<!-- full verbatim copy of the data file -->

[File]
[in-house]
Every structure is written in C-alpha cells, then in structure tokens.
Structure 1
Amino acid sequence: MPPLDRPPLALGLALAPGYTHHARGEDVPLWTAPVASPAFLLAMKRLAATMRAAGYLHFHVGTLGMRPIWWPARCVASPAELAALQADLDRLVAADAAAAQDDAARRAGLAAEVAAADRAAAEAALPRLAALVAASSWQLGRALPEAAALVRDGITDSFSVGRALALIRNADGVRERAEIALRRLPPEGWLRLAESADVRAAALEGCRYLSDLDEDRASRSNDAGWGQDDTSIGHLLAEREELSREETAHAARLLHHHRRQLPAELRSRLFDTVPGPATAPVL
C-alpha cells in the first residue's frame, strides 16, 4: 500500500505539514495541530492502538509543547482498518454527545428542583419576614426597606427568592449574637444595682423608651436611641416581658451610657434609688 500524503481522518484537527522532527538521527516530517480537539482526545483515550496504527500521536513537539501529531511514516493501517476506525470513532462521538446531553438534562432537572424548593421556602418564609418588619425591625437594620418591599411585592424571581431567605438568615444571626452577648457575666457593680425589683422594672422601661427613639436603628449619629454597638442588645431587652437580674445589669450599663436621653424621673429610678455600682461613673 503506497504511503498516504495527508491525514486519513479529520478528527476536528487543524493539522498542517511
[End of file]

[in-house]
Every structure is written in C-alpha cells, then in structure tokens.
Structure 1
Amino acid sequence: MPPLDRPPLALGLALAPGYTHHARGEDVPLWTAPVASPAFLLAMKRLAATMRAAGYLHFHVGTLGMRPIWWPARCVASPAELAALQADLDRLVAADAAAAQDDAARRAGLAAEVAAADRAAAEAALPRLAALVAASSWQLGRALPEAAALVRDGITDSFSVGRALALIRNADGVRERAEIALRRLPPEGWLRLAESADVRAAALEGCRYLSDLDEDRASRSNDAGWGQDDTSIGHLLAEREELSREETAHAARLLHHHRRQLPAELRSRLFDTVPGPATAPVL
C-alpha cells in the first residue's frame, strides 16, 4: 500500500505539514495541530492502538509543547482498518454527545428542583419576614426597606427568592449574637444595682423608651436611641416581658451610657434609688 500524503481522518484537527522532527538521527516530517480537539482526545483515550496504527500521536513537539501529531511514516493501517476506525470513532462521538446531553438534562432537572424548593421556602418564609418588619425591625437594620418591599411585592424571581431567605438568615444571626452577648457575666457593680425589683422594672422601661427613639436603628449619629454597638442588645431587652437580674445589669450599663436621653424621673429610678455600682461613673 503506497504511503498516504495527508491525514486519513479529520478528527476536528487543524493539522498542517511